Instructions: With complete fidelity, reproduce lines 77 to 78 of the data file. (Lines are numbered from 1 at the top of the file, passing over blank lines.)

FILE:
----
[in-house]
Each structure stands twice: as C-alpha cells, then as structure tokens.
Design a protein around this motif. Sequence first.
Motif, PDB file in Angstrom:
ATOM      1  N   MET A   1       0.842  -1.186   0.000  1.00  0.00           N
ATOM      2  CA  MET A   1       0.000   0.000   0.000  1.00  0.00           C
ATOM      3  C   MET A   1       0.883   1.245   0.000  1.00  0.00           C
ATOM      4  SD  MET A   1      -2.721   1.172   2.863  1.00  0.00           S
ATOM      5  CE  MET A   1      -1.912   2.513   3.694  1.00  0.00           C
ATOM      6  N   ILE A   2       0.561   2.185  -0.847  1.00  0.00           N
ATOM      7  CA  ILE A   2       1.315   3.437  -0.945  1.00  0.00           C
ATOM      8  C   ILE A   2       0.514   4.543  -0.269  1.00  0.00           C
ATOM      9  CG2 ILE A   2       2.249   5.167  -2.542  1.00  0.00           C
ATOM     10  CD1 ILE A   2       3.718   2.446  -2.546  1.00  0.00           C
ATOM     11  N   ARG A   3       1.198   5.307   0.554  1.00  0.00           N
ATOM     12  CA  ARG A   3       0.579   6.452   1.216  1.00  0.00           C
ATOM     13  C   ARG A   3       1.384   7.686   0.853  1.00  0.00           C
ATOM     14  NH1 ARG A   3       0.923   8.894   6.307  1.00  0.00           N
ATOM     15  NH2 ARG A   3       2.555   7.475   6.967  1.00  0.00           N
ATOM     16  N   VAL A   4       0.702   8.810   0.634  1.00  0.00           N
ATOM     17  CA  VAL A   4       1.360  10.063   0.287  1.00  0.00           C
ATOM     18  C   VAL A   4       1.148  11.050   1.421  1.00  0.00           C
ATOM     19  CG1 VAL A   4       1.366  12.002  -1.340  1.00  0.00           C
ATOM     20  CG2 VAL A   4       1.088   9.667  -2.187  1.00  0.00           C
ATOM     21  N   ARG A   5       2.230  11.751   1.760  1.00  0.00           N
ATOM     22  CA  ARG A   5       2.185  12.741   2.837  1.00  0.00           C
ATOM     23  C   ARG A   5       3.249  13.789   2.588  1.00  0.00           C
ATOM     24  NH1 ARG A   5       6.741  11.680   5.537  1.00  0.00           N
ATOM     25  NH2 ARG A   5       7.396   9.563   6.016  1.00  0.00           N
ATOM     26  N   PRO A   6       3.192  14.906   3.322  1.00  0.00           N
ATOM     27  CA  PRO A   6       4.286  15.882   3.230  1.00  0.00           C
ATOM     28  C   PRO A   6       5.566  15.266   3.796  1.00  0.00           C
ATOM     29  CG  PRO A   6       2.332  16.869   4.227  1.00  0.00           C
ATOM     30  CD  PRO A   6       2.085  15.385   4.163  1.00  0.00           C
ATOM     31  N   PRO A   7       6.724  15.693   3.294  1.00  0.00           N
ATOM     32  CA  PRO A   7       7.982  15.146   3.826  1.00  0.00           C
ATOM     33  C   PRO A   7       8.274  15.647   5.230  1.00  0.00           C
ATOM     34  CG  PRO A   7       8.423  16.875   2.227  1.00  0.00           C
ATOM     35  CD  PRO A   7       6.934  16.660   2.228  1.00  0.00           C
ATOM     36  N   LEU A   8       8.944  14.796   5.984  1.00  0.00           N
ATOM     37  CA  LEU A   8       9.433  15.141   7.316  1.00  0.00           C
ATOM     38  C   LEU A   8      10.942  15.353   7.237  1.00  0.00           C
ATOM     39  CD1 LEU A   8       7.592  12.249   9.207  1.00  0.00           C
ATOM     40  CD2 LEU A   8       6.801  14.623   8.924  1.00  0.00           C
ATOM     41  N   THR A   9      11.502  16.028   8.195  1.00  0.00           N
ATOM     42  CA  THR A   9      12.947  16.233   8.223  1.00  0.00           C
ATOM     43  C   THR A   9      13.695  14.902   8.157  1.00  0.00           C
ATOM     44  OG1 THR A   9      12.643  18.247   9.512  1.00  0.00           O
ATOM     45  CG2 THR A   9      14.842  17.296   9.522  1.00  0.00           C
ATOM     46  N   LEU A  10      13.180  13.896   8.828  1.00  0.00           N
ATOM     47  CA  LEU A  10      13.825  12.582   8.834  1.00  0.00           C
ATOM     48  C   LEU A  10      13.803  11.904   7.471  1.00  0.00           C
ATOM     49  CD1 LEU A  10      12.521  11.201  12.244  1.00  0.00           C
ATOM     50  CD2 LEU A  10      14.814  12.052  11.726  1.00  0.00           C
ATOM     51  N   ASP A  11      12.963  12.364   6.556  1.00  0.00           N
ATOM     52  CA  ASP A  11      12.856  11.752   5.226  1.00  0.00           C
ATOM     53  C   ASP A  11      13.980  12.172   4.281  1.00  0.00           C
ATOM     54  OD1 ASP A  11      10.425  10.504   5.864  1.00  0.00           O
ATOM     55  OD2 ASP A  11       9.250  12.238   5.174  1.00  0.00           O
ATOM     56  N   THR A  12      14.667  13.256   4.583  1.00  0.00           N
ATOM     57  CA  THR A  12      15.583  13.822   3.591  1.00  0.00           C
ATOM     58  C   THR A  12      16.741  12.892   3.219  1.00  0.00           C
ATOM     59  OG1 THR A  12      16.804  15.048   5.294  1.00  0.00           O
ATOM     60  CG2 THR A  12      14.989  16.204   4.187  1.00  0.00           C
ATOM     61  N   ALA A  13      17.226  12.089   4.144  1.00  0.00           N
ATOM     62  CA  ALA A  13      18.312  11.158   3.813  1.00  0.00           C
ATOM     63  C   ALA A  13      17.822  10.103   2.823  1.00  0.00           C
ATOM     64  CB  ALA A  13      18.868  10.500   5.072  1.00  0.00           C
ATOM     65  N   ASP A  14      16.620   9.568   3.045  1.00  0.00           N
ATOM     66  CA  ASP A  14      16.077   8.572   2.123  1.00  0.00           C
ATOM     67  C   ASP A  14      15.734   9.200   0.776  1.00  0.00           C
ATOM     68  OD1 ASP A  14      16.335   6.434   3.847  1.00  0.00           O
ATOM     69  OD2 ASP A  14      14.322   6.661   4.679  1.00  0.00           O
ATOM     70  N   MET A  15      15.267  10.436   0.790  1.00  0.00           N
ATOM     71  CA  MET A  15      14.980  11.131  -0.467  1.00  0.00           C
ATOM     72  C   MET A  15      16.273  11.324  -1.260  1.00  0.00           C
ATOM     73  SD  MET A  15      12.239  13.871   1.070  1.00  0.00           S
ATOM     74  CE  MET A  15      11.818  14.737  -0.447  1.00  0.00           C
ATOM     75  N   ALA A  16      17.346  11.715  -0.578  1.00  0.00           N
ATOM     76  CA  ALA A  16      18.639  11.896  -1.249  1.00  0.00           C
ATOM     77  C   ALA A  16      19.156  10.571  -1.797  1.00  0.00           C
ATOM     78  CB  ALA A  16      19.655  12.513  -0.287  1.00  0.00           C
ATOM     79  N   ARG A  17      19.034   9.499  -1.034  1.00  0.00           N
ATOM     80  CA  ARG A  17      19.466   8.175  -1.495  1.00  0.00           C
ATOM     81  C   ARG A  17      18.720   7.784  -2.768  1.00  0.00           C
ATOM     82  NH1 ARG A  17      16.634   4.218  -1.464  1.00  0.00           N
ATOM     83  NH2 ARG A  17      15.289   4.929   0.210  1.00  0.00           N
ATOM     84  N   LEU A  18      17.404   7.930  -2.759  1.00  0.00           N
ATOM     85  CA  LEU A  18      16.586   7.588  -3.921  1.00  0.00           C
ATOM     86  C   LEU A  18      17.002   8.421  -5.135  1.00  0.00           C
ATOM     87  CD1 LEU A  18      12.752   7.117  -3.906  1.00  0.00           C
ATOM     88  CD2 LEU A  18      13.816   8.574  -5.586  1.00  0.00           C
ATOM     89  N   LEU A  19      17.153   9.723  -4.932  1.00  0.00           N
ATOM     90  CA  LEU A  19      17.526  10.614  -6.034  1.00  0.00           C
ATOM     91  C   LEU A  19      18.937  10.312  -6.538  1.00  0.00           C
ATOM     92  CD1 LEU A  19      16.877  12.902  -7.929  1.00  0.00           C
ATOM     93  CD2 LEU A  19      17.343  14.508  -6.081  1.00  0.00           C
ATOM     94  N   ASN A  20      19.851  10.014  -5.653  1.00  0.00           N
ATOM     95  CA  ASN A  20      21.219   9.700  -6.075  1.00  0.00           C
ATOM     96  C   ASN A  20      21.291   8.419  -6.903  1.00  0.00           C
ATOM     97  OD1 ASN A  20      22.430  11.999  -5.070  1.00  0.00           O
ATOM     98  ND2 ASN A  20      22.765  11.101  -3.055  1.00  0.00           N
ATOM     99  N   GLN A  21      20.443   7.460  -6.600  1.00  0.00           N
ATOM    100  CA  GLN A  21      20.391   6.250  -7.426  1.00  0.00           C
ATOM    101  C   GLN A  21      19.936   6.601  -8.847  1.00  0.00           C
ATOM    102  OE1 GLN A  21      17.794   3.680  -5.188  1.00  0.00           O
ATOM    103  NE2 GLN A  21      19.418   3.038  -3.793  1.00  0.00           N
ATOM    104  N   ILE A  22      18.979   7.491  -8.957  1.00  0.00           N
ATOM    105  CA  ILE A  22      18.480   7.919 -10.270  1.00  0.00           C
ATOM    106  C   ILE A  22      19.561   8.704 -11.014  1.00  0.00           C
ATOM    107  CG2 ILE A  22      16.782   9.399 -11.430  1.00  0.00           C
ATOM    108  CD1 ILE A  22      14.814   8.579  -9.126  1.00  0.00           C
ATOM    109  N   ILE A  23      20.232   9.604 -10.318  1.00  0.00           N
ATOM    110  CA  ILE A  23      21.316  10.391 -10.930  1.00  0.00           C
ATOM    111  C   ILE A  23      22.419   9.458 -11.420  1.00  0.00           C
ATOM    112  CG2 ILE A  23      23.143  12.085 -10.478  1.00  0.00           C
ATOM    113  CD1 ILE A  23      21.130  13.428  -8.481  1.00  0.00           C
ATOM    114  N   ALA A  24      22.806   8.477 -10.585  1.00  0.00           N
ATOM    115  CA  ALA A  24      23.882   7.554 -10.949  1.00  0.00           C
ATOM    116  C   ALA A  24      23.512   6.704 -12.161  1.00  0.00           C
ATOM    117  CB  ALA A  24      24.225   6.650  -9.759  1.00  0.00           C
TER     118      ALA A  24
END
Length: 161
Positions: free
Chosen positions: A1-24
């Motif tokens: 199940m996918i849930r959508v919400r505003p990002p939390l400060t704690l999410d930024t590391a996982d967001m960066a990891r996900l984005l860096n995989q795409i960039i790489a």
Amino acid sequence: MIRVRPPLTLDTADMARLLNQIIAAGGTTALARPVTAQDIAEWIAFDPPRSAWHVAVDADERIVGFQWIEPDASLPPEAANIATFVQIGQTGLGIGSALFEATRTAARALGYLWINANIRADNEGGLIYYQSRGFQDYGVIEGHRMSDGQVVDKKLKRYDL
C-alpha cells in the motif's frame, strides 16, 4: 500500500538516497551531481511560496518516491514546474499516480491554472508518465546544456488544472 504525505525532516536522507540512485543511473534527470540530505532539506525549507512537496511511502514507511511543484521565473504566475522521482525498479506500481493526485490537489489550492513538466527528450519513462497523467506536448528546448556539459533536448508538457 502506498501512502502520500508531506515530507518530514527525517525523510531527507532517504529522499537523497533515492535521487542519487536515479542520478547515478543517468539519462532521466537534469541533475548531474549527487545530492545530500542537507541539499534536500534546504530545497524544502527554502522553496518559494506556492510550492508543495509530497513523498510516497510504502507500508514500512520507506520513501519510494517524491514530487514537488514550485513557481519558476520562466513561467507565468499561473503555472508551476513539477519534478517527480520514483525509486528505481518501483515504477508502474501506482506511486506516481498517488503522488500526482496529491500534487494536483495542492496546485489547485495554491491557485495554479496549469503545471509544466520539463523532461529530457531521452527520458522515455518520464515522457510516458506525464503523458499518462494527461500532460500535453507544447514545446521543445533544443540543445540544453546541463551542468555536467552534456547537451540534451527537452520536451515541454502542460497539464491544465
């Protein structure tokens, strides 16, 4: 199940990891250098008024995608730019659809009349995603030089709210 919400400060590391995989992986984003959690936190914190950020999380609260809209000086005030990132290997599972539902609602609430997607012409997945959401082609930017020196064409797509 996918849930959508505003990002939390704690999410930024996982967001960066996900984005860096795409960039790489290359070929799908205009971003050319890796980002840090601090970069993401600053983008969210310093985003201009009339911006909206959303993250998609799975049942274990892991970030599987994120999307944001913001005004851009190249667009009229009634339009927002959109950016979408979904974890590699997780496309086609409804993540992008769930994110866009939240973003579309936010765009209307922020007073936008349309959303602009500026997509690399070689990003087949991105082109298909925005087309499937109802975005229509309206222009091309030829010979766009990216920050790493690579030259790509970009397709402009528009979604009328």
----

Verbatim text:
ATOM     73  SD  MET A  15      12.239  13.871   1.070  1.00  0.00           S
ATOM     74  CE  MET A  15      11.818  14.737  -0.447  1.00  0.00           C